The Breeders by Matthew J. Beier

The Breeders by Matthew J. Beier

The Breeders by Matthew J. Beier

Publisher: Epicality Books
Release: 2012
Image Source: The Author

Synopsis: THE STORM HAS COME. 

The homosexuals, once an ostracized social minority, have taken over the world. They understand the angers of an overpopulated planet, usurped government power, and created a culture of perfectly engineered families. But Grace Jarvis and Dex Wheelock are heterosexuals—part of the government’s highly controlled backup plan for reproduction—and they have a problem.

Grace is pregnant. Dex is the father. It is a crime that has only one consequence: banishment to the Antarctic Sanctuary, an isolated biological reserve where reproductive criminals are allowed to exist in peace, without disrupting the rest of civilization. Yet there are rumors that genocide has already begun and that the homosexuals are finally setting natural breeders on a path to extinction. This leaves Grace and Dex with only two choices: to succumb to the tyrannical regime, or run. 

THEY CHOOSE TO RUN.

Review: The Breeders by Matthew J. Beier is a heart wrenching story of love and hope. The author manages to weave an intimate tale of lovers while making a vast foray into controversial social issues and life values. Published in 2012, The Breeders has the potential to become a modern classic. Within its pages lies discovery and realization on an unprecedented level, one that could strongly impact culture and make one think twice about the fundamental values of being human.

As a dystopian thriller, The Breeders takes place in the late twenty-third century. Technology has advanced, if not quite as extremely as one would expect. Society has shifted dramatically and not necessarily for the better. The world has finally recovered from the “Bio Wars,” which almost brought about the total extinction of humanity. The remaining population is considerably smaller and dictated by a highly conservative regime of sexual politics. A world government retains almost absolute control, even placing restrictions on the natural birthing process. Even more shocking is the fact that homosexuality is the new norm. Heterosexuals have become a minority and are in a constant and accelerating state of degradation.

Matthew J. Beier has concocted a tale of masterful proportions. His goal in writing The Breeders was to provide a different perspective to the intense debate over gay marriage. What is generally considered normal in our society has been reversed, only to provide insight for issues our nation is currently undergoing. Beier found inspiration in the 2008 ad campaign for the National Organization for Marriage, which likened gay marriage to “a coming storm.” His vision is to give people the opportunity to “step into the shoes of those they are speaking out against.”

The Breeders has captured the beauty of two individuals trying to find value in a world where their kind must endure the condemnation of society. Solace cannot even be found with friends or family who struggle to hide their blatant disapproval. The mere act of producing a child via unplanned and natural reproduction has become taboo in this backwards world. The protagonists must face their own insecurities if they ever hope to find peace at the end of the road. The storyline was one of those that actually made you stop thinking and feel your way through the novel. Understanding the motives behind Beier’s characters can only be done by stepping into their very shoes and feeling for yourself why they made certain decisions and chose particular paths. The humanity in his words was refreshing, almost reminiscent of Suzanne Collins, author of The Hunger Games. While reading, I felt the pain of Dex Wheelock as he struggled with the fear of taking responsibility for his own child, and I could almost taste the tears of Grace Jarvis when she realized she may never see her beloved father again. This is the kind of book that makes one realize how wonderful and terrible it is to be human. This is the kind of book that bridges the gap between sorrow and joy.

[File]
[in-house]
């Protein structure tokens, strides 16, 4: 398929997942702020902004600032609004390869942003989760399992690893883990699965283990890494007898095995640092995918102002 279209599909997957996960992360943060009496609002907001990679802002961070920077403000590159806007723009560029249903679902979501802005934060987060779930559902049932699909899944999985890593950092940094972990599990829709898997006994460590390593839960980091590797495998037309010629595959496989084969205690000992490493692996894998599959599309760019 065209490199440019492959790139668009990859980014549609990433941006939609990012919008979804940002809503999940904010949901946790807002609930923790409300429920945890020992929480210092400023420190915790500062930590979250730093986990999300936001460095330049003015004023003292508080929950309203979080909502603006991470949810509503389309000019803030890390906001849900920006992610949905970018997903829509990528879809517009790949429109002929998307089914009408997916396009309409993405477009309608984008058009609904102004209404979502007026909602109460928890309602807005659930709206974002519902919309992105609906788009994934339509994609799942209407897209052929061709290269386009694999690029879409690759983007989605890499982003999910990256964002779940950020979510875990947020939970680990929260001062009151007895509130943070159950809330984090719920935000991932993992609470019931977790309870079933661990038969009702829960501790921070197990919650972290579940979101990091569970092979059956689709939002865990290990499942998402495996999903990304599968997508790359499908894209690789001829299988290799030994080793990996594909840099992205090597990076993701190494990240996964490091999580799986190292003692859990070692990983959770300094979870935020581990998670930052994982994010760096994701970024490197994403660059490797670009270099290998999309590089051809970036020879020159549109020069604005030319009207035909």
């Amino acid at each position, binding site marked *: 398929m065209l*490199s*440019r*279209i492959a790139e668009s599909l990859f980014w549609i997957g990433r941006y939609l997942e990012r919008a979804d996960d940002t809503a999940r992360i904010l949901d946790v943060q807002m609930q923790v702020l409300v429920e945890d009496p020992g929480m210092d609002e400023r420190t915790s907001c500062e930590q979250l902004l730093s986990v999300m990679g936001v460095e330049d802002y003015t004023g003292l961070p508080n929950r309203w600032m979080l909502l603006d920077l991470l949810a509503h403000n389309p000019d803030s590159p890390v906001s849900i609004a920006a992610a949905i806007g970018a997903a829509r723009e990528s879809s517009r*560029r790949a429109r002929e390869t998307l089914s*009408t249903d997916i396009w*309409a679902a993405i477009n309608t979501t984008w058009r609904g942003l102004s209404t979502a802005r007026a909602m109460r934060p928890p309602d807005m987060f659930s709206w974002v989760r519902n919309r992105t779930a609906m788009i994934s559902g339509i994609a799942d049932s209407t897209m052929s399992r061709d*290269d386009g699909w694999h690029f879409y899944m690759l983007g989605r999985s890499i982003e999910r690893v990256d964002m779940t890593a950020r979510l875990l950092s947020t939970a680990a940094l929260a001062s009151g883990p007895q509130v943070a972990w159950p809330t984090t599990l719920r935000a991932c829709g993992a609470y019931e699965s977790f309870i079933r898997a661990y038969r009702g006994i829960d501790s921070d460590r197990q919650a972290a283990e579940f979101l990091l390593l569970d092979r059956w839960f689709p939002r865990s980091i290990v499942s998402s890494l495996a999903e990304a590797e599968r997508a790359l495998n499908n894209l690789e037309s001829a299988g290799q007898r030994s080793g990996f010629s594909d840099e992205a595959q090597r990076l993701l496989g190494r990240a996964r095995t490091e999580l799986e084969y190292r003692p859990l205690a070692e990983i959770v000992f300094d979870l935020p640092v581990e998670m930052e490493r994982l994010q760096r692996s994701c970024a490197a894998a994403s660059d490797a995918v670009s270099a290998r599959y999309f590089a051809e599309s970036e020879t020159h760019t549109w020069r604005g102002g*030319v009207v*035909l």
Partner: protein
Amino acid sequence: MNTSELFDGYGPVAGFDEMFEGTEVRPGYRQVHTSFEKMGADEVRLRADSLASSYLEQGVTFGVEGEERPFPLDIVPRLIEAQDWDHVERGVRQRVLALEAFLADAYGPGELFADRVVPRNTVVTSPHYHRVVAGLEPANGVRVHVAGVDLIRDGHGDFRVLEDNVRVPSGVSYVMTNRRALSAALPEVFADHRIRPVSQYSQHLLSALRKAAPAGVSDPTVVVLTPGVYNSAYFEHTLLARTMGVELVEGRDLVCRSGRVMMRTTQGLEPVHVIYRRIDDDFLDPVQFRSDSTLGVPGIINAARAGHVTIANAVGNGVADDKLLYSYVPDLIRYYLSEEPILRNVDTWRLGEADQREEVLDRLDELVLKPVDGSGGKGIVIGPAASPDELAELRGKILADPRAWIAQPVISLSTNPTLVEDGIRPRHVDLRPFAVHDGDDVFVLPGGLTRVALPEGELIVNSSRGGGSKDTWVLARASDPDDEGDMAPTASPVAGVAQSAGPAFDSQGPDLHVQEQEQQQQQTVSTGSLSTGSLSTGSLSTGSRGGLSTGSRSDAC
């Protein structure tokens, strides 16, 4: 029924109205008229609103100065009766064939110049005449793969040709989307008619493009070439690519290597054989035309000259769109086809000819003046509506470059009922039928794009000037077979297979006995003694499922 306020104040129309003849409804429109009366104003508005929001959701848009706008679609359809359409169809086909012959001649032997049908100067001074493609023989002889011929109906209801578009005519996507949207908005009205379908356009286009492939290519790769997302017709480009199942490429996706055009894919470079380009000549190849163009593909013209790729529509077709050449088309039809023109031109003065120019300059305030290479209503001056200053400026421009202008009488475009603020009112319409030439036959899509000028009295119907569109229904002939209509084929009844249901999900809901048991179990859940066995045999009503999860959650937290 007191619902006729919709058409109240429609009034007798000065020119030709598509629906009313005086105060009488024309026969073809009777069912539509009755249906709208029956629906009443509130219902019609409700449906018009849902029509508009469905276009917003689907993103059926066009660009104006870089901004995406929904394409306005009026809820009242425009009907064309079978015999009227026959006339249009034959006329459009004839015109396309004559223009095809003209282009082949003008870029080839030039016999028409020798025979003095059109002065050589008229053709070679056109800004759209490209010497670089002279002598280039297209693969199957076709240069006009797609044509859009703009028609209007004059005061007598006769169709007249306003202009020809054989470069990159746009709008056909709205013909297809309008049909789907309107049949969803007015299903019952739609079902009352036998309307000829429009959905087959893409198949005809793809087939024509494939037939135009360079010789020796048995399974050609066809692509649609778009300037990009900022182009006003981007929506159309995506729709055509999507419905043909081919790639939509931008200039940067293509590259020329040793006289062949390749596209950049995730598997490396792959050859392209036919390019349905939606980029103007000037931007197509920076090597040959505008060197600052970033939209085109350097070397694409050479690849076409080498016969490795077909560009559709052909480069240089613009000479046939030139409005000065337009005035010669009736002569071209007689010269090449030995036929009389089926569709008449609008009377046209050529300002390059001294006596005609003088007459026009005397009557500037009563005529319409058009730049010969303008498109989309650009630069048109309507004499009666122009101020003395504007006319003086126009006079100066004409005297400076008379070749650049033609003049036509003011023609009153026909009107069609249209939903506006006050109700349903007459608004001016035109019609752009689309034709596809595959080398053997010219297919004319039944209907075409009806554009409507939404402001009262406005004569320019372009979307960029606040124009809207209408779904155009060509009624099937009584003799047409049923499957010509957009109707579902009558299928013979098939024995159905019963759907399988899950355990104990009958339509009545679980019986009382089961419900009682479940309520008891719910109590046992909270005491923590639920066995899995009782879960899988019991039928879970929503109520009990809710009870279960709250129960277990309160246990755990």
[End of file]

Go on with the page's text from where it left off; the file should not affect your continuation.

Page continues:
Throughout the novel, readers will began to recognize the plot as an exaggerated reverse-scenario of our own society. In the world of The Breeders, intolerance toward heterosexuals is rampant. In our own world, the exact opposite is occurring. Hate crimes against gays and lesbians happen every day. The LGBT community is constantly under attack for being ‘unnatural’ and ‘sinful.’ This ideology is based on the literal interpretation of scripture, dogma, and an outdated viewpoint of humanity. It’s a simple and sad fact that people are willing to condemn others for falling in love with someone of the same gender. I question any authority that justifies limiting the definition of love. This is a fundamental gift all humans can partake in, one that is all-inclusive. Gender and other worldly characteristics cannot inhibit the pure and relentless power of affection. I am confident that Matthew Beier will share this wisdom with the populace and stand by his dream to help people see that humanity is “only as strong as it is united and as weak as it is divided.”